As Iconic Apsara Theatre in Kozhikode rings down the curtain, nostalgia time for film lovers

The theatre was inaugurated on 8 August 1971 by yesteryear Malayalam actor Prem Nazir and actress Urvashi Sharadha.

ByArjun Ramachandran

Published Jun 04, 2023 | 12:00 PM Updated Jun 04, 2023 | 12:00 PM

Apsara Theatre was one of the biggest theatre in Kerala

On 29 May, social media was agog with the news that the iconic Apsara Theatre in Kerala’s Kozhikode was downing its shutters. When enquiries were made, the picture became clear.

The employees were indeed given a sudden notice about the curtain being rung down at the theatre. The family-owned cinema hall was shut down due to differences of among the members.

Coincidentally, the meaning of Thrishanku — starring Arjun Ashokan and Anna Ben — the last film to be screened in Apsara Theatre is “a crucial situation”.

The theatre ran houseful until recently and registered good collections for 2018 and Pachuvum Athbutha Vilakkum.

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First of its kind

An aerial view of Apsara theatre

An aerial view of Apsara theatre. (Supplied)

Kozhikode once had many single-screen theatres which were eventually closed down with the advent of multiplexes.

Davison, Pushpa, Blue Diamond and Sangam were closed forever. Meanwhile, Radha, Coronation, and Crown saw major renovation.

Nevertheless, with a huge hall that could accommodate over 1,000 people at once, Apsara Theatre withstood the competition for a long time.

In fact, it has been in existence for 51 years near the Kozhikode railway station. But now, it’s a thing of the past!

Apsara Theatre was inaugurated on 8 August 1971 by yesteryear Malayalam actor Prem Nazir and actress Urvashi Sharadha. The inaugural movie screened was Aabhijathyan (on 12 August). Directed by A Vincent, the film starred Madhu and Sharadha.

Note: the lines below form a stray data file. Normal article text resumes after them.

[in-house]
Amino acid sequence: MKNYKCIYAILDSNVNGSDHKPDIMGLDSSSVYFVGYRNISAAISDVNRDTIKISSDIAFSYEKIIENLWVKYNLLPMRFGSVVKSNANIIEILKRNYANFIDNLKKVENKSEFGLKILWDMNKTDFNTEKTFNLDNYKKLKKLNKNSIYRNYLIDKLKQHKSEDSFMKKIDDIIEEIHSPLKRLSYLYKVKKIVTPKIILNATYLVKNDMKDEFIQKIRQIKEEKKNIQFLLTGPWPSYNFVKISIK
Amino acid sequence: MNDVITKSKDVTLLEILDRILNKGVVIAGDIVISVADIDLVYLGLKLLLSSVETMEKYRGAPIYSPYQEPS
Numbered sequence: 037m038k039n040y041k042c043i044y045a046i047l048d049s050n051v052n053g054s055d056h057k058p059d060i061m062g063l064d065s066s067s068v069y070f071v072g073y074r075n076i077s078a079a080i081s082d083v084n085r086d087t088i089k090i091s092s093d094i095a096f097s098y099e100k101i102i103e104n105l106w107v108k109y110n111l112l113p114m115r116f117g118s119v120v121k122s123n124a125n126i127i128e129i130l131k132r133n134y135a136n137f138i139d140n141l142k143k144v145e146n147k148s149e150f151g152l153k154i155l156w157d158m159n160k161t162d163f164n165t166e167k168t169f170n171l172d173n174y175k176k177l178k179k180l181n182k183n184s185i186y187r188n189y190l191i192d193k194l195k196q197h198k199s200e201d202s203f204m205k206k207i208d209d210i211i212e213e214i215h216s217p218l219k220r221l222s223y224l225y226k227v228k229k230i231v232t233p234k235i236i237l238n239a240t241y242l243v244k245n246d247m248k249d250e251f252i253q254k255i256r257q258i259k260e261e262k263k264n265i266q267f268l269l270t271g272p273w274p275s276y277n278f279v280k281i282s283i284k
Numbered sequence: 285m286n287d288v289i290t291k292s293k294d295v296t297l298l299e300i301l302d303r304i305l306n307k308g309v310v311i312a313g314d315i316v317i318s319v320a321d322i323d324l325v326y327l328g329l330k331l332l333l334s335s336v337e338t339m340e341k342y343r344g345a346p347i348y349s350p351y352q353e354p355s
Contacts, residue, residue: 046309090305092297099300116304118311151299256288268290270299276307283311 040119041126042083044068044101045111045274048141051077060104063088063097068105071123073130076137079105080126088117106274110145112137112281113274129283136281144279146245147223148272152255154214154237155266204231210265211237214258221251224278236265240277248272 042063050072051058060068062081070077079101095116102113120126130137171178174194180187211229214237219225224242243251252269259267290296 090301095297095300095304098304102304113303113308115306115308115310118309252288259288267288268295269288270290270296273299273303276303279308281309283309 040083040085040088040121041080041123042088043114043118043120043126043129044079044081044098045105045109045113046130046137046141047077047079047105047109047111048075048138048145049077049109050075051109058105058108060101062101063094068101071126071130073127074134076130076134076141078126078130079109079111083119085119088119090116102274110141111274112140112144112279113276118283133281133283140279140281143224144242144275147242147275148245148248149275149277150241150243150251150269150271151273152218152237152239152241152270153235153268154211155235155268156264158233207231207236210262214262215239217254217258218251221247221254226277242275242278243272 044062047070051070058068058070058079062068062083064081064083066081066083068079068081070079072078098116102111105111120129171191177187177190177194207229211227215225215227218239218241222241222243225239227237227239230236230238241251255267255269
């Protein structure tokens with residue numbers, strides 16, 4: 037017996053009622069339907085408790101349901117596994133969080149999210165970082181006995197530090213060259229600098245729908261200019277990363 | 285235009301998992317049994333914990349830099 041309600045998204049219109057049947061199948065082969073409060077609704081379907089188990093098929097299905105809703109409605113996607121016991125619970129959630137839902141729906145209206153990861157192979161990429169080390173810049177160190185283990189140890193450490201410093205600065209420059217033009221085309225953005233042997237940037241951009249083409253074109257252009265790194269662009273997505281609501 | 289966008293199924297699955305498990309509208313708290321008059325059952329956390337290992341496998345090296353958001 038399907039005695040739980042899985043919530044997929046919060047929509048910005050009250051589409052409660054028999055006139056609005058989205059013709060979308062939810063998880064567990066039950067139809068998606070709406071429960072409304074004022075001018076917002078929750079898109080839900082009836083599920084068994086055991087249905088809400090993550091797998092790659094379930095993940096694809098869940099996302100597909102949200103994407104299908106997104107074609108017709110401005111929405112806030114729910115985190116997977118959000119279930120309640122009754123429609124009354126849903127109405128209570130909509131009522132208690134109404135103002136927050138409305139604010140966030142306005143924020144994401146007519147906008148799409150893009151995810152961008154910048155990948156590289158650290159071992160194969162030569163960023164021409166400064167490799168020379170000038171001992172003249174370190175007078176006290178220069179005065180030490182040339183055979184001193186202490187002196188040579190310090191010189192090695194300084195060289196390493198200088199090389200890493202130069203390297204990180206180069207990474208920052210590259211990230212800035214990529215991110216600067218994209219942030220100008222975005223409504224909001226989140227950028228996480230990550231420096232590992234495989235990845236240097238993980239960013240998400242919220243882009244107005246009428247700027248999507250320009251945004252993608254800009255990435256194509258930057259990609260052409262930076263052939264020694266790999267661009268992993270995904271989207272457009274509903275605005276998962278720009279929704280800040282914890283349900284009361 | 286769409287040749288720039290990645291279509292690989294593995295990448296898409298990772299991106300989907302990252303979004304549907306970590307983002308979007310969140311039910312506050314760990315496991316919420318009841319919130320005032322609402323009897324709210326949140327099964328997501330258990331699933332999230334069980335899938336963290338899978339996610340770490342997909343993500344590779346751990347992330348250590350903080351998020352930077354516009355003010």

The theatre ushered in the modern era of movie-watching. Indeed, it was the first AC cinema hall in Kozhikode.

With second-class ticket prices at ₹1 and ₹2, it was bliss for the common man to watch films in an AC hall. But to get tickets from the cave-like ticket counters wasn’t an easy task.

It’s still not known who introduced the cave-like ticket counters in the theatres of Kerala. Some ticket counters were even half a kilometre long. When a film is released, these counters will be crowded and it gets tough to breathe in those caves.

‘Not a prime location’

The giant screen of Apsara had many admirers

The giant screen at Apsara Theatre had many admirers (Supplied)

According to GP Ramachandran, a noted film critic based in Kerala, getting a ticket in the second class was a tiresome affair as people had to stand for hours in long queues.

Ramachandran completed his college studies in Kozhikode. He recalled that the location was neither a prime location nor a busy place in 1971.

“Unlike today, it was surprising that a theatre was built in a location where there were no proper roads. Even the present railway link road didn’t exist when the cinema hall was built. The development came much after the existence of the theatre,” he explained.

A big hall and first-class seating

The Apsara Theatre had a huge hall with a large 70MM screen, and its first-class section flaunted stadium-like seating.

Sangam Theatre was also opened around the same time, but its seating was of normal type as can be seen in any auditorium.

The ticket charges at Apsara were different for 70MM and 35 MM projections. It was as follows:

An old Balcony ticket of Apsara theatre

An old Balcony ticket at Apsara theatre. (Supplied)

  • Balcony (Ramp Circle): ₹3.50/- (70MM Charges), ₹3.00/- (35MM Charges)
  • Upper Circle: ₹2.50/- (70MM Charges), ₹2.25/-(35MM Charges)
  • Middle Circle: ₹1.75/-(70MM Charges), ₹1.50/-(35MM Charges)
  • Lower Circle: ₹0.80/-(70MM Charges), ₹0.70/-(35MM Charges)

The theatre had 1,296 seats with a 62X30 curved screen. It also had a 6 Channel Stereophonic sound system and projection by an RCA photophone projector.

When it was opened, the theatre had five main speakers and 48 speakers.

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Art films screened